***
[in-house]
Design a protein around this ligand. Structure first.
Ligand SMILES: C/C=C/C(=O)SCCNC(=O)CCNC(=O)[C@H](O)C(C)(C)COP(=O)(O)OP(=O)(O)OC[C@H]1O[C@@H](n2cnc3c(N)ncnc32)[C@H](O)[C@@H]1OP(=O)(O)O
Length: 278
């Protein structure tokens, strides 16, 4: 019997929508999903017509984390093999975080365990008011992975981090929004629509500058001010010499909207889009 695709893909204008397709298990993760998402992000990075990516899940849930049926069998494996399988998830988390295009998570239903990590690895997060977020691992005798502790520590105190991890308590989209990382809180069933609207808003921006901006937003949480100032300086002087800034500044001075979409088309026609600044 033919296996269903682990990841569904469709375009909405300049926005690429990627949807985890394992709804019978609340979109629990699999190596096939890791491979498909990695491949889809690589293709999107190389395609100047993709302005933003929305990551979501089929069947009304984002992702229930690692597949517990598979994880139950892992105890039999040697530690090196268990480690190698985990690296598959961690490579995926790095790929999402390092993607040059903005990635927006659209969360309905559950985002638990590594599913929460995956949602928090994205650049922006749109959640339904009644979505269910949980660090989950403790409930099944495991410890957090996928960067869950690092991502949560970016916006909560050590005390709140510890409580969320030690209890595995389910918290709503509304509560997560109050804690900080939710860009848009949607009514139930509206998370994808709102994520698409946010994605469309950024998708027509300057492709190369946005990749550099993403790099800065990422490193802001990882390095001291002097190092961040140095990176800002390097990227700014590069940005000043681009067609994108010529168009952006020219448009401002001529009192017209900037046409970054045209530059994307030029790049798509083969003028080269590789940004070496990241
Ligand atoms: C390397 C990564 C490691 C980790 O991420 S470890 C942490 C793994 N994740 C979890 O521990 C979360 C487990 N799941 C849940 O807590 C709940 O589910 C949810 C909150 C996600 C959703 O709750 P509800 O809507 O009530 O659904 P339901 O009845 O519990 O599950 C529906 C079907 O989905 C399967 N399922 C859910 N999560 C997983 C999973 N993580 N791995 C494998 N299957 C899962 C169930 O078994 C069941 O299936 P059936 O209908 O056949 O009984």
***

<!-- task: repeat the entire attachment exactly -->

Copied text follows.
[in-house]
Design a protein around this ligand. Structure first.
Ligand SMILES: C/C=C/C(=O)SCCNC(=O)CCNC(=O)[C@H](O)C(C)(C)COP(=O)(O)OP(=O)(O)OC[C@H]1O[C@@H](n2cnc3c(N)ncnc32)[C@H](O)[C@@H]1OP(=O)(O)O
Length: 278
């Protein structure tokens, strides 16, 4: 019997929508999903017509984390093999975080365990008011992975981090929004629509500058001010010499909207889009 695709893909204008397709298990993760998402992000990075990516899940849930049926069998494996399988998830988390295009998570239903990590690895997060977020691992005798502790520590105190991890308590989209990382809180069933609207808003921006901006937003949480100032300086002087800034500044001075979409088309026609600044 033919296996269903682990990841569904469709375009909405300049926005690429990627949807985890394992709804019978609340979109629990699999190596096939890791491979498909990695491949889809690589293709999107190389395609100047993709302005933003929305990551979501089929069947009304984002992702229930690692597949517990598979994880139950892992105890039999040697530690090196268990480690190698985990690296598959961690490579995926790095790929999402390092993607040059903005990635927006659209969360309905559950985002638990590594599913929460995956949602928090994205650049922006749109959640339904009644979505269910949980660090989950403790409930099944495991410890957090996928960067869950690092991502949560970016916006909560050590005390709140510890409580969320030690209890595995389910918290709503509304509560997560109050804690900080939710860009848009949607009514139930509206998370994808709102994520698409946010994605469309950024998708027509300057492709190369946005990749550099993403790099800065990422490193802001990882390095001291002097190092961040140095990176800002390097990227700014590069940005000043681009067609994108010529168009952006020219448009401002001529009192017209900037046409970054045209530059994307030029790049798509083969003028080269590789940004070496990241
Ligand atoms: C390397 C990564 C490691 C980790 O991420 S470890 C942490 C793994 N994740 C979890 O521990 C979360 C487990 N799941 C849940 O807590 C709940 O589910 C949810 C909150 C996600 C959703 O709750 P509800 O809507 O009530 O659904 P339901 O009845 O519990 O599950 C529906 C079907 O989905 C399967 N399922 C859910 N999560 C997983 C999973 N993580 N791995 C494998 N299957 C899962 C169930 O078994 C069941 O299936 P059936 O209908 O056949 O009984």